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Pry debugging

Invoking pry debugging

To invoke the debugger, place binding.pry somewhere in your code. When the Ruby interpreter hits that code, execution stops, and you can type in commands to debug the state of the program.

When debugging code in another process like Puma or Sidekiq, you can use binding.pry_shell. You can then connect to this session by using the pry-shell executable. You can watch this video, for more information about how to use the pry-shell.

WARNING: binding.pry can occasionally experience autoloading issues and fail during name resolution. If needed, binding.irb can be used instead with a more limited feature set.

byebug vs binding.pry vs binding.irb

byebug has a very similar interface as gdb, but byebug does not use the powerful Pry REPL.

binding.pry uses Pry, but lacks some of the byebug features. GitLab uses the pry-byebug gem. This gem brings some capabilities byebug to binding.pry, so using that gives you the most debugging powers.


Check out the docs for the full list of commands.

You can start the Pry REPL with the pry command.


There are a lot of features present in pry, too much to cover in this document, so for the full documentation head over to the Pry wiki.

Below are a few features definitely worth checking out, also run help in a pry session to see what else you can do.


As of Ruby 2.7, IRB ships with a simple interactive debugger.

Check out the docs for more.

State navigation

With the state navigation you can move around in the code to discover methods and such:

# Change context
[1] pry(main)> cd Pry
[2] pry(Pry):1>

# Print methods
[2] pry(Pry):1> ls -m

# Find a method
[3] pry(Pry):1> find-method to_yaml

Source browsing

You look at the source code from your pry session:

[1] pry(main)> $ Array#first
# The above is equivalent to
[2] pry(main)> cd Array
[3] pry(Array):1> show-source first

$ is an alias for show-source.

Documentation browsing

Similar to source browsing, is Documentation browsing.

[1] pry(main)> show-doc Array#first

? is an alias for show-doc.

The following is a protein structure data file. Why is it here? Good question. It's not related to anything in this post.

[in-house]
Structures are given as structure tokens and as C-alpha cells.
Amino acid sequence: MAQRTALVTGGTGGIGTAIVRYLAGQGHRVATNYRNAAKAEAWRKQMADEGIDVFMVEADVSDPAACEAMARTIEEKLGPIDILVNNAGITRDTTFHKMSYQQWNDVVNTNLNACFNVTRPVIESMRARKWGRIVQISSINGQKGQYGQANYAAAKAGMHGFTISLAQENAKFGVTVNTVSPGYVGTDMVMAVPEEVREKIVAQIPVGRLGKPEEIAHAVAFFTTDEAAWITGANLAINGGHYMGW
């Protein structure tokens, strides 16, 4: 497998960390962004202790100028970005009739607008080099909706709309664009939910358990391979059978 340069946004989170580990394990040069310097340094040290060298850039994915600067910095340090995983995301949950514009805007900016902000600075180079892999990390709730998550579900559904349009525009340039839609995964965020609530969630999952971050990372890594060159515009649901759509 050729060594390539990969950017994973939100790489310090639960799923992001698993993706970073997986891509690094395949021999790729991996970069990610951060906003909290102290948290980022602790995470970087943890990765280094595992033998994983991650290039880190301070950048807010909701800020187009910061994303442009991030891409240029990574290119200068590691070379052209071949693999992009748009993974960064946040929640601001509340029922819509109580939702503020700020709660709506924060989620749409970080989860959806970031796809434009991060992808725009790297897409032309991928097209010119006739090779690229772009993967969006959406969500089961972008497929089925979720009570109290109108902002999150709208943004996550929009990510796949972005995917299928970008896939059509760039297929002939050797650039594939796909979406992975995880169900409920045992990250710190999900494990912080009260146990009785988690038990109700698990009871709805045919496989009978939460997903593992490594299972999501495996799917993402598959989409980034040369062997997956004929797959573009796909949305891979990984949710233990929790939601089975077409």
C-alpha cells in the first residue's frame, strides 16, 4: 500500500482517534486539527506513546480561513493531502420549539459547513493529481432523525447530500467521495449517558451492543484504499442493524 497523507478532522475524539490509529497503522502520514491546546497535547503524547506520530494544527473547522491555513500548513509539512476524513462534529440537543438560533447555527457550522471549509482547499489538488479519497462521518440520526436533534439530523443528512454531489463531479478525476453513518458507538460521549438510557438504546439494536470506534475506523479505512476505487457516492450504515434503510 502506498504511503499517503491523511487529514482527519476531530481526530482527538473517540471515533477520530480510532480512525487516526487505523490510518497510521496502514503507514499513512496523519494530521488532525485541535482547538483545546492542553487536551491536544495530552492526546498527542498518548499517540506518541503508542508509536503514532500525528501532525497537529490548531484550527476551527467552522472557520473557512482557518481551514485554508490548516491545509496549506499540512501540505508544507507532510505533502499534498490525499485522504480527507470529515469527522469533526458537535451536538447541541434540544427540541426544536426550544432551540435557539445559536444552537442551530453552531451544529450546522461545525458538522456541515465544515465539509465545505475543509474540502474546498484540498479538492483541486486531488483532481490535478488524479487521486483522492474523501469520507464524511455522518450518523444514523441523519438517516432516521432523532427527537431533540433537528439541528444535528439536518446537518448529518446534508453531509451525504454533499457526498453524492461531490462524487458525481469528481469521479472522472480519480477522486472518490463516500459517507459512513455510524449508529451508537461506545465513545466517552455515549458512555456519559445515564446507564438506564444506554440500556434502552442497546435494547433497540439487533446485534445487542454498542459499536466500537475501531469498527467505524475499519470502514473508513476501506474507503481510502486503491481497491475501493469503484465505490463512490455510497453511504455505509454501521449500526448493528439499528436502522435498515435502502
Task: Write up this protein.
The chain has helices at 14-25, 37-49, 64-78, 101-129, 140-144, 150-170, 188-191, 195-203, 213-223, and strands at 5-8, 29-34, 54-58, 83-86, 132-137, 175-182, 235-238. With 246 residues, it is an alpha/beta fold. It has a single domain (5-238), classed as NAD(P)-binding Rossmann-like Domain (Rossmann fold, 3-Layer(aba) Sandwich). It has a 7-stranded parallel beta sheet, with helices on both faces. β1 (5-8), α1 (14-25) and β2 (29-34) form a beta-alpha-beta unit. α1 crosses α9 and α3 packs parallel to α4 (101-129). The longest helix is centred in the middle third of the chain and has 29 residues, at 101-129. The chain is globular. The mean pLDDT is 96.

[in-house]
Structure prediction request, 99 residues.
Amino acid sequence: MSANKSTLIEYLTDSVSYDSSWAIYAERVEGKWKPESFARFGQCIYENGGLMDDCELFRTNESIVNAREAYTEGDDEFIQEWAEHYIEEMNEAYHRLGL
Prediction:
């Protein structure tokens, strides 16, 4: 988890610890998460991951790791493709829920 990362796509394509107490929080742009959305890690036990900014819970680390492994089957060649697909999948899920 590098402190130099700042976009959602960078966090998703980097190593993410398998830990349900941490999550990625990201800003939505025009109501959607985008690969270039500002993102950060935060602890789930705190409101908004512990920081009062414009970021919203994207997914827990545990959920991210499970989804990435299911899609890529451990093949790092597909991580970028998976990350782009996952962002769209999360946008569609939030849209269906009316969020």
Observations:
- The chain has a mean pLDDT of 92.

Command history

With Control + R you can search your command history.


To step through the code, you can use the following commands:

  • break: Manage breakpoints.
  • step: Step execution into the next line or method. Takes an optional numeric argument to step multiple times.
  • next: Step over to the next line within the same frame. Also takes an optional numeric argument to step multiple lines.
  • finish: Execute until current stack frame returns.
  • continue: Continue program execution and end the Pry session.

Callstack navigation

You also can move around in the callstack with these commands:

  • backtrace: Shows the current stack. You can use the numbers on the left side with the frame command to navigate the stack.
  • up: Moves the stack frame up. Takes an optional numeric argument to move multiple frames.
  • down: Moves the stack frame down. Takes an optional numeric argument to move multiple frames.
  • frame <n>: Moves to a specific frame. Called without arguments displays the current frame.

Short commands

When you use binding.pry instead of byebug, the short commands like s, n, f, and c do not work. To reinstall them, add this to ~/.pryrc:

if defined?(PryByebug)
  Pry.commands.alias_command 's', 'step'
  Pry.commands.alias_command 'n', 'next'
  Pry.commands.alias_command 'f', 'finish'
  Pry.commands.alias_command 'c', 'continue'

Repeat last command

You can repeat the last command by just hitting the Enter key (for example, with step ornext), if you place the following snippet in your ~/.pryrc:

Pry::Commands.command /^$/, "repeat last command" do
  _pry_.run_command Pry.history.to_a.last

byebug supports this out-of-the-box.